Contact Alex
        916.520.5245 Direct

        Daria Gossett | Senior Associate at Downey Brand

        Daria Gossett’s practice encompasses all aspects of general and complex civil litigation, spanning all phases of the litigation process, from pre-lawsuit demands to post-judgment appeals.

        In today’s challenging economic climate, Daria is able to develop both legal and non-legal solutions to secure successful and cost-effective results for clients by utilizing an informed and practical approach. Recognizing that cases are often won or lost on written briefs submitted to the court, Daria uses her strong analytical and writing skills to present her clients’ cases in the most succinct and compelling manner.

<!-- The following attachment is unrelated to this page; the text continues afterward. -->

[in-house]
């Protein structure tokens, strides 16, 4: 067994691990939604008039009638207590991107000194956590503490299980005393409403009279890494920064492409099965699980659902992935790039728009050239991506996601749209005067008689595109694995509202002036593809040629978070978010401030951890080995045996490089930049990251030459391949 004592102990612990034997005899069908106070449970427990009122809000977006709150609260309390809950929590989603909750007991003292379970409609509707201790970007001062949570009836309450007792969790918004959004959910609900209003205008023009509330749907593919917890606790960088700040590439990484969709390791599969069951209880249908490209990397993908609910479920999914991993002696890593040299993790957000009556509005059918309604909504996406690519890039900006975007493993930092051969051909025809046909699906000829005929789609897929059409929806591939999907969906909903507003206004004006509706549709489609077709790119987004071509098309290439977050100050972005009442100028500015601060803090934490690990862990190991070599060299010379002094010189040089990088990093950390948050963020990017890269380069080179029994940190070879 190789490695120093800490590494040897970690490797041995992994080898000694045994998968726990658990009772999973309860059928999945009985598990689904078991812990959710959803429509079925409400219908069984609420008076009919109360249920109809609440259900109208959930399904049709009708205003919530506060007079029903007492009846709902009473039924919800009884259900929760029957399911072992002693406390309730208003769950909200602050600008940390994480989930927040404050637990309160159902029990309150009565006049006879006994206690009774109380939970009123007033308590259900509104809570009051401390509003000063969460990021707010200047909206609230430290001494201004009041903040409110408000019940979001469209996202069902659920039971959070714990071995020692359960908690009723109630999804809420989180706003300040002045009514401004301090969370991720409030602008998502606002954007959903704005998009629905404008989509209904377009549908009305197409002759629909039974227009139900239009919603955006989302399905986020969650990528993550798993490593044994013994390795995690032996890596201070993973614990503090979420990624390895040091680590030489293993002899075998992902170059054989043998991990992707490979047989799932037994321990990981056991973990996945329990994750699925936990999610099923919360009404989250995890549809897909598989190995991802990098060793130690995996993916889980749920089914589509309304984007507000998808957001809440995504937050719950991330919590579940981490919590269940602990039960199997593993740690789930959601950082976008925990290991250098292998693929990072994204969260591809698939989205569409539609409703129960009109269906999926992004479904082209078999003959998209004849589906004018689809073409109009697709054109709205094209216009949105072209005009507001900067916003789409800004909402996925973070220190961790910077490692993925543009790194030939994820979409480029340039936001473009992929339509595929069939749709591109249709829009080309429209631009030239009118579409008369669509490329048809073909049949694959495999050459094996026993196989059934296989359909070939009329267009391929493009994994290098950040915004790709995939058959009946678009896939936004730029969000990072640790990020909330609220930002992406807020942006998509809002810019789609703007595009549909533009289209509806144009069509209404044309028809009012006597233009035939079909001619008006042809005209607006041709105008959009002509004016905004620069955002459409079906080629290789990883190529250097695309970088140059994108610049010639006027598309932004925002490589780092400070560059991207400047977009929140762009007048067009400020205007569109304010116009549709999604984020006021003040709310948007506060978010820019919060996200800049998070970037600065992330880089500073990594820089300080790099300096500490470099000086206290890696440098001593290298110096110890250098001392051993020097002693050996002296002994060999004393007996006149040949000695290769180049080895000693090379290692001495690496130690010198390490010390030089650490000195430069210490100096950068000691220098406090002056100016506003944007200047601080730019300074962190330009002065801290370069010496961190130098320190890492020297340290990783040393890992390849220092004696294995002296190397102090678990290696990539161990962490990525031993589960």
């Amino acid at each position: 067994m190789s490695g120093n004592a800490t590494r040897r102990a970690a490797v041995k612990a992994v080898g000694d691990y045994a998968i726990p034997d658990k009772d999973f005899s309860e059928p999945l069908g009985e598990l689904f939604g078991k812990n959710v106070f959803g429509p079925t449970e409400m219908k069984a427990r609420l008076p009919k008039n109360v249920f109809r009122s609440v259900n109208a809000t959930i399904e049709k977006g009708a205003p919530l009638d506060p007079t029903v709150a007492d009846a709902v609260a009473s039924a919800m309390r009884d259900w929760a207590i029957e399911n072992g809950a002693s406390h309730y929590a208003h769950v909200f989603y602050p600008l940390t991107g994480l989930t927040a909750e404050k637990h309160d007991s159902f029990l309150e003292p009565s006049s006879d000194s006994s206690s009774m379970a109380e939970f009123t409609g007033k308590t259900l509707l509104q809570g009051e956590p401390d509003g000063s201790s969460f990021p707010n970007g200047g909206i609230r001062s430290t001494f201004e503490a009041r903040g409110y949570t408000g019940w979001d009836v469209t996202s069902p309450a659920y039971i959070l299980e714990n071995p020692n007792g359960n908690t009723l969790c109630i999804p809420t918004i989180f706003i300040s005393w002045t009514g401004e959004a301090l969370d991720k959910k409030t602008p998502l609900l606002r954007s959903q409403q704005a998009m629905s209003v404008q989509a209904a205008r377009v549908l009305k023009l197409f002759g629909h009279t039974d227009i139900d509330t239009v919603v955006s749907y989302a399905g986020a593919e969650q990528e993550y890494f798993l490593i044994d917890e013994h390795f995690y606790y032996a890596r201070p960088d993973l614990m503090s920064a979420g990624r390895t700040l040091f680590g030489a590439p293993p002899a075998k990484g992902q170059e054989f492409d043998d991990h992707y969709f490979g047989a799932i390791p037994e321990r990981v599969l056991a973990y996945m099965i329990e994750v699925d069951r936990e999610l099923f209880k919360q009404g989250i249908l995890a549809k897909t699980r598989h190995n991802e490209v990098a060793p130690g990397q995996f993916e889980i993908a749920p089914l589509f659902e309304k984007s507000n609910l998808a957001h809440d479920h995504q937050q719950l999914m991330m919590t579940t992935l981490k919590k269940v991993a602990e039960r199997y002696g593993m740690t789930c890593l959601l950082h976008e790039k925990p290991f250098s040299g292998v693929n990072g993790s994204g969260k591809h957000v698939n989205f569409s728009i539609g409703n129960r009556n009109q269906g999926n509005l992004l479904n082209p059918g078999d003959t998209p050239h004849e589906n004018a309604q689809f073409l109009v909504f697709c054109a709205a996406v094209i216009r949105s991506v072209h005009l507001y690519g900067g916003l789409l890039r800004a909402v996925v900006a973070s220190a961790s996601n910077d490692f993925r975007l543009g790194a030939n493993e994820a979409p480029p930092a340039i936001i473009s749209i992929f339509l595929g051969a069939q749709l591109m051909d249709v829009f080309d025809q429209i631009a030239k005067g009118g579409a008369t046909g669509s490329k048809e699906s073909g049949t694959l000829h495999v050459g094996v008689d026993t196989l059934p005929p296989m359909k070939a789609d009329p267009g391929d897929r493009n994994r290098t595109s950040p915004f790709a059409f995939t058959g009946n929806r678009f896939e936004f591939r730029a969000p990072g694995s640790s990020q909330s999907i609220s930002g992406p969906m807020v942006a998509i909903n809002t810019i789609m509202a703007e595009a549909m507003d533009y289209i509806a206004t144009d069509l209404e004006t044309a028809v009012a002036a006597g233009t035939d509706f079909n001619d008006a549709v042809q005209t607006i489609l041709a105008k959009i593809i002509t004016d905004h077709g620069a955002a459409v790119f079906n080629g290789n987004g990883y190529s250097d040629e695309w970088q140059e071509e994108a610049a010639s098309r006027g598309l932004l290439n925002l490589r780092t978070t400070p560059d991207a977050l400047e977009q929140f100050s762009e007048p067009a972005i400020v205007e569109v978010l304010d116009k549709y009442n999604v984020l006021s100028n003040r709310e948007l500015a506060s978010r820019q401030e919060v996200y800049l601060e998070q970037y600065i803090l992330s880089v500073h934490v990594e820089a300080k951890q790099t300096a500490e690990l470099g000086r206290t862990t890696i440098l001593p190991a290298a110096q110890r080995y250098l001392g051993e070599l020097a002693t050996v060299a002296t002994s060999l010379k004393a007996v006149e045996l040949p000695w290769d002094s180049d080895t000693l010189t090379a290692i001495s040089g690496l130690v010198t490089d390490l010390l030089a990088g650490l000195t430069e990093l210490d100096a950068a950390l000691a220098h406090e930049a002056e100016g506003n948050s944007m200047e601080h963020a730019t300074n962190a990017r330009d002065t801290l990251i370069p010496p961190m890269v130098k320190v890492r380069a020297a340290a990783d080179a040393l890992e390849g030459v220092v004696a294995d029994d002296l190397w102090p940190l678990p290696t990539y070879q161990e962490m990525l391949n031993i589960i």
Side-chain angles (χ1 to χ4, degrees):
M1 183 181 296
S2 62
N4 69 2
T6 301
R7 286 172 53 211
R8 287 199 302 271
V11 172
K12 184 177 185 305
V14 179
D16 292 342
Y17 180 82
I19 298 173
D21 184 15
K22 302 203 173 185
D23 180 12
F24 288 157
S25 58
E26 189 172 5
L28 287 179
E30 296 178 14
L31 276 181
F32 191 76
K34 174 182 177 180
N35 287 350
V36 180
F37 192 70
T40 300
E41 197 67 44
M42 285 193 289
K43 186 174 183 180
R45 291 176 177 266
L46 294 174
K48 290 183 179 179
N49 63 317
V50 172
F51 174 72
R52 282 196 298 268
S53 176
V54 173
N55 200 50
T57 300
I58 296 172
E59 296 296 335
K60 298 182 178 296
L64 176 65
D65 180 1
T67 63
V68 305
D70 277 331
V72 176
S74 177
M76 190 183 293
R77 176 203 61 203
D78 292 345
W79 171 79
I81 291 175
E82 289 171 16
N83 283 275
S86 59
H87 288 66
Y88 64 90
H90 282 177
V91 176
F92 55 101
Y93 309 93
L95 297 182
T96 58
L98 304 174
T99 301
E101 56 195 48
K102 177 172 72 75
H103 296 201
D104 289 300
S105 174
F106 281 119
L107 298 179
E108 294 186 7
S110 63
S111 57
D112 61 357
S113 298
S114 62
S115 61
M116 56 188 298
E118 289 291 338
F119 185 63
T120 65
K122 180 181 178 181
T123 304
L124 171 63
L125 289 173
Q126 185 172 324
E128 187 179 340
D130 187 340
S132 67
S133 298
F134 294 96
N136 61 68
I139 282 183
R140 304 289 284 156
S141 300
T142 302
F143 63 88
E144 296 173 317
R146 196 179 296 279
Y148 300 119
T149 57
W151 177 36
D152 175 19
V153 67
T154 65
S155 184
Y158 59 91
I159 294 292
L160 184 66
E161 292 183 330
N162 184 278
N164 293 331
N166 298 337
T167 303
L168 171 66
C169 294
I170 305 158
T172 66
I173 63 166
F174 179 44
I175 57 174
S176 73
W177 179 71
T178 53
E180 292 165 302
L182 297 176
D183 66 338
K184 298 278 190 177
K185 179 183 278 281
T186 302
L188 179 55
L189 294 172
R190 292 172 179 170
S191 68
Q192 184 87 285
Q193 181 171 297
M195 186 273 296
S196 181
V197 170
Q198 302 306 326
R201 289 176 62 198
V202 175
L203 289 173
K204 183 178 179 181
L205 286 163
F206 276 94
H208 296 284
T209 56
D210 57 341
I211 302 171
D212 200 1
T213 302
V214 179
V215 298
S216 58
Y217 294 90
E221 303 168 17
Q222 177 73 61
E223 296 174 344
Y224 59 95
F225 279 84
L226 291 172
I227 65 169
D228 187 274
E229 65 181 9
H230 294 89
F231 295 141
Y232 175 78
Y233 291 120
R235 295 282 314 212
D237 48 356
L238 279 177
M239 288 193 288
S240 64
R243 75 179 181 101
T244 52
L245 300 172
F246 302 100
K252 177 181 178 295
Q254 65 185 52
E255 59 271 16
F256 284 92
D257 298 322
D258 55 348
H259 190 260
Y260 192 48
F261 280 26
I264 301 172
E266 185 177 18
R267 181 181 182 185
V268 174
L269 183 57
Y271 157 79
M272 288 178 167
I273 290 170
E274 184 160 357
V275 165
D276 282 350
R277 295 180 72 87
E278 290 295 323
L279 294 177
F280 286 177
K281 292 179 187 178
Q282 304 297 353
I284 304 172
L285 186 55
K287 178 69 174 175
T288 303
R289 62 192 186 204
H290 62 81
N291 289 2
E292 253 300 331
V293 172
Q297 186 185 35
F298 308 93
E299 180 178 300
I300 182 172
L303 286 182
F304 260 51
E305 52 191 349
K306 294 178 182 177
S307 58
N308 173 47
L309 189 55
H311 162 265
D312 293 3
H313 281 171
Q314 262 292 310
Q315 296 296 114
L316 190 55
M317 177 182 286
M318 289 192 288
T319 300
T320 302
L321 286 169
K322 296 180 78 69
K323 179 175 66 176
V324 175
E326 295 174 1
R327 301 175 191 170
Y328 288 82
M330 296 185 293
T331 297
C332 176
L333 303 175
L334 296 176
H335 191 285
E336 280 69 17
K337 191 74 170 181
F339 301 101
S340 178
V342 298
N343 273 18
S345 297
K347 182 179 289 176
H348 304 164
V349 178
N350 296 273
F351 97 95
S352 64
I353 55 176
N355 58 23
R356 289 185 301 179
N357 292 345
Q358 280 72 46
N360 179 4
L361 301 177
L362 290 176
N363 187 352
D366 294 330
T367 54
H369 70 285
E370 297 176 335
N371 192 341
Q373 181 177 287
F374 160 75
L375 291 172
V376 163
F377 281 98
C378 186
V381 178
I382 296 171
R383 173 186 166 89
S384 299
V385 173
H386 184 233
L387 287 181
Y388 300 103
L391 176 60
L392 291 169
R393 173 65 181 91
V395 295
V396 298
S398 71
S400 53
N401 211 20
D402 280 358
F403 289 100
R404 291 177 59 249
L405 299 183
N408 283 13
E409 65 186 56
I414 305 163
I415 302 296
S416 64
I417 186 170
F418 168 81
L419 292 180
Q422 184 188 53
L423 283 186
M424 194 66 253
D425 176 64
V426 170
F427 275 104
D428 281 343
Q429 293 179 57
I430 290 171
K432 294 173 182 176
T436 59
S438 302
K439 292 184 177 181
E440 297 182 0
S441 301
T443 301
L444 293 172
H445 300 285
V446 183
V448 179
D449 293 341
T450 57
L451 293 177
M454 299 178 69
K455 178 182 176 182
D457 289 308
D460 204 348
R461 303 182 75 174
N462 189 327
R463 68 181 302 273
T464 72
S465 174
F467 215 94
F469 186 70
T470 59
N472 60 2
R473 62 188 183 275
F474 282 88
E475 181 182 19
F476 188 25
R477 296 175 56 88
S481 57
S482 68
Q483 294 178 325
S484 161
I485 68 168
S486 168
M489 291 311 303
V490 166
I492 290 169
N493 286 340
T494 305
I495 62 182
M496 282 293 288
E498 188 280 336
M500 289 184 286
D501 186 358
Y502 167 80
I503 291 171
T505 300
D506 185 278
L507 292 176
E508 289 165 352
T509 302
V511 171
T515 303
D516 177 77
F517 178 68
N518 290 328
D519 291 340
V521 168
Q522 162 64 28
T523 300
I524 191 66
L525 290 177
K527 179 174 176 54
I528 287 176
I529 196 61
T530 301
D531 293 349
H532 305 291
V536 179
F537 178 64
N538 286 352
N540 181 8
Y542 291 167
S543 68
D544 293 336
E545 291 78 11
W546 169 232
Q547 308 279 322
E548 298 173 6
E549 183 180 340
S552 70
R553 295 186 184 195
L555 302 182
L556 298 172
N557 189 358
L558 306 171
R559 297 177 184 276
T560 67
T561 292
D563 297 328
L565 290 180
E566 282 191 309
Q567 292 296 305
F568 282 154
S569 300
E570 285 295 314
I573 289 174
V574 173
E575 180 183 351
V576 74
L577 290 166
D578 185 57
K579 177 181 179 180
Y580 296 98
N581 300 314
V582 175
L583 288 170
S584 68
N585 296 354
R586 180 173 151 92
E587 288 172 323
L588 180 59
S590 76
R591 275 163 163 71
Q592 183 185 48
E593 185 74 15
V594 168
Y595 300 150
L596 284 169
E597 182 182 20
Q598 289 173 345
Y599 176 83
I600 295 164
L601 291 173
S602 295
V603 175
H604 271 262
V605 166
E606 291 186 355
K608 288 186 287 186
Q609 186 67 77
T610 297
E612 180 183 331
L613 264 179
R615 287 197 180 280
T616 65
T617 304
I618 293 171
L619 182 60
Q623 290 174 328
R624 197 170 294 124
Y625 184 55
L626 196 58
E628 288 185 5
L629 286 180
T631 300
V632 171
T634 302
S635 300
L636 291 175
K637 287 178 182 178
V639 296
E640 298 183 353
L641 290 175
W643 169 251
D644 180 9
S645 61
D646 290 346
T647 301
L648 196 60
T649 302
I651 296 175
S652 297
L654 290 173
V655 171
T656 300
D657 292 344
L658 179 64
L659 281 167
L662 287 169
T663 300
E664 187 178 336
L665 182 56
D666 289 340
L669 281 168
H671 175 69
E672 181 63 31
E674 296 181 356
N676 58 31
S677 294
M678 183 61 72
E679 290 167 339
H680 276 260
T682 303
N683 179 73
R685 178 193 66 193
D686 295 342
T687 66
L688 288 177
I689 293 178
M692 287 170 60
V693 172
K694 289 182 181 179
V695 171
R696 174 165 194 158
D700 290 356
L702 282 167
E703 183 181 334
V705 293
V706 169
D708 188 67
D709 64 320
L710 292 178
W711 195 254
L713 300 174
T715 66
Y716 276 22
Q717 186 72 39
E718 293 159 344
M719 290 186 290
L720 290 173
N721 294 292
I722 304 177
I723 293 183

Blending sharp advocacy with creative thinking, Daria litigates cases and advances the interests of her clients through trial and appeal in state and federal courts, as well as before arbitration panels.

        Contact Daria
        916.520.5383 Direct

        Farah Amjad | Associate at Downey Brand

        Farah Amjad represents clients from diverse backgrounds and industries in litigation and employment law matters.

        Farah uses her creative and sharp analytical skills to find efficient solutions to pressing and complex questions involving California’s employment and labor laws. In her current practice, she excels in counseling and discovery, a result of critical work alongside notable firm partners and senior associates. In addition, Farah is an adept researcher and writer, exemplified by her roles as a Senior Articles Editor for the UC Davis Law Review and as a copyeditor and fact-checker prior to attending law school. Her strengths in verbal and written advocacy stem from her ability to listen attentively and mindfully, a skill she developed early as a multilingual person and later strengthened through cross-cultural and interfaith experiences around the world.

        Contact Farah
        916.520.5282 Direct